Five years ago, in pain and living on disability, Whalen said he was so overwhelmed by depression that he stopped at Catholic Charities on Cazenovia Street, seeking counseling help. That was a pivotal moment, Whalen said: He was paired with an empathetic social worker who helped him confront years of trauma.
He told her about losing his dad, when he was 6. He talked about being assaulted in his van as a young man in Texas, just after he left the Army, by robbers who smashed him in the head with a hammer and left him there, unconscious.
Beyond all else, he revealed the sickening interaction with Orsolits, how the priest brought him to the cottage as part of what Whalen's mother believed was a skiing trip, how Orsolits gave him alcohol and marijuana, then abused him – and how Orsolits then treated Whalen with contempt and anger at St. John Vianney School in Orchard Park.
Through that counseling, Whalen decided to return some collection money he stole after a childhood friend took it from that church, a theft that had always haunted him. In dropping off the money, Whalen saw a priest and told him what happened with Orsolits. The priest said he was mandated to report abuse to the diocese, which Whalen said led to a call from Malone, and an offer of counseling.
What the diocese never offered was a financial settlement, Whalen said, or any sense of a larger reckoning.
Not long afterward, through sheer chance, Whalen happened upon a Facebook ad for Mitchell Garabedian, the Boston lawyer who achieved fame years ago through the “Spotlight” cases.
Whalen made the call. It was Garabedian who asked Whalen if he had the strength to tell his story publicly, a decision Garabedian described Tuesday as having “historical impact.” Whalen, who says his counseling prepared him for the moment, acted from "decency and courage,” Garabedian said, a choice that will aid in healing more survivors than Whalen will ever know.
Shortly after Whalen went to the Main Street corner, an upset O'Connor – a former executive assistant to Malone – leaked diocesan documents about the crisis to WKBW reporter Charlie Specht, a decision she said was "kindled" by Whalen's bravery, and a step that accelerated calls for a resignation.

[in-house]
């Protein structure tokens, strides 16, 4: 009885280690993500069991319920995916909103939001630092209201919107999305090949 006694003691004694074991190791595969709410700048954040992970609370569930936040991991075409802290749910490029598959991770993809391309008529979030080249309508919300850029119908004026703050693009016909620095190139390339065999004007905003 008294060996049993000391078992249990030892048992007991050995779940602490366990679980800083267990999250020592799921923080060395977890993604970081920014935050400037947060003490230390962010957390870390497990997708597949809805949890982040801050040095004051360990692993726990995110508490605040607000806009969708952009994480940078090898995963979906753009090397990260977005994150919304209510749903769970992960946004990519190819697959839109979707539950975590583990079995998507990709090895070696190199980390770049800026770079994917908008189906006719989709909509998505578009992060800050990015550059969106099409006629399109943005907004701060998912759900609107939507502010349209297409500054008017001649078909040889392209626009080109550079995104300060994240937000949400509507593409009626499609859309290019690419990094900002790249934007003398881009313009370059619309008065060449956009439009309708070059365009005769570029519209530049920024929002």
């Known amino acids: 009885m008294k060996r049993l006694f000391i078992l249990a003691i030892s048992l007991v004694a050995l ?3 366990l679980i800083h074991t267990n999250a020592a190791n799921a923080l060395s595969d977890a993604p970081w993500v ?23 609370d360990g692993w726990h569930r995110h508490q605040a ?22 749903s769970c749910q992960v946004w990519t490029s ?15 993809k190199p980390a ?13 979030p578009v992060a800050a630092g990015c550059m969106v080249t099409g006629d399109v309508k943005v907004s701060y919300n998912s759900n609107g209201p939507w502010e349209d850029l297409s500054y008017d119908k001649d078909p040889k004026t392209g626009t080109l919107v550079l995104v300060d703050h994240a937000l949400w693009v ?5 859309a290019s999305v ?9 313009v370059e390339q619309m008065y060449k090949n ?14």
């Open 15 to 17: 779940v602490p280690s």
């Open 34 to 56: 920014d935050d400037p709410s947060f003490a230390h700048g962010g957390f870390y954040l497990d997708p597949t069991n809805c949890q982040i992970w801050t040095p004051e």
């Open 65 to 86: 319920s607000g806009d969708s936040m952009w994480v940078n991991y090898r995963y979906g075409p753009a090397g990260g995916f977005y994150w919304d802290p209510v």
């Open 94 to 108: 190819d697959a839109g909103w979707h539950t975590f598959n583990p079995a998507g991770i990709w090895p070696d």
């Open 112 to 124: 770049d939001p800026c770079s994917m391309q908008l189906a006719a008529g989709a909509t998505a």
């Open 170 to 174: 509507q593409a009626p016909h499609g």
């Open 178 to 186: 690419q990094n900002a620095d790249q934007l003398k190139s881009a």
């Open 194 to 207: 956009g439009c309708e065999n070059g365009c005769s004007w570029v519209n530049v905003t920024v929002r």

Today, as the Vatican confirms Malone's retirement, Whalen said he bears the bishop no ill will. Malone, he said, simply “went by the playbook,” which is not close to enough. To Whalen, what matters is whether a new bishop "cleans house," whether he can separate himself from anyone with direct ties to the era when abusive priests too often moved from parish to parish.
What must happen is a cleansing, Whalen said, a documentary confession of this reality: Administrators linked to the long era of abuse turned their backs on the essence of their faith. They chose instead to look away from heinous crimes against children, thus allowing wounds that will affect generations.
Until all those files are shared in an open way, Whalen said he remains skeptical about whether the leadership has the humility to take those steps. He said it all hinges on compassion, which is why he remains willing to meet with Orsolits, now 79, to offer forgiveness if the former priest asks for it.
Regardless of how the church responds, Whalen said he and some friends who went through the same thing have started the Buffalo Survivors Group, whose regular meetings are intended to offer comfort and a voice to those who endured abuse.
This week, in the midnight conversation, he reflected on what he sees as a quiet miracle: His tale could easily have disappeared, like so many others, if four or five key moments go differently.
“There’s no arguing that he’s the genesis,” Boyd said, “and who’s Mike Whalen if Orsolits doesn’t talk?”
Credit the whole chain to chance if you like, but this is Advent in the church, and Whalen prefers this answer.
Even now, after everything, he calls it being Catholic.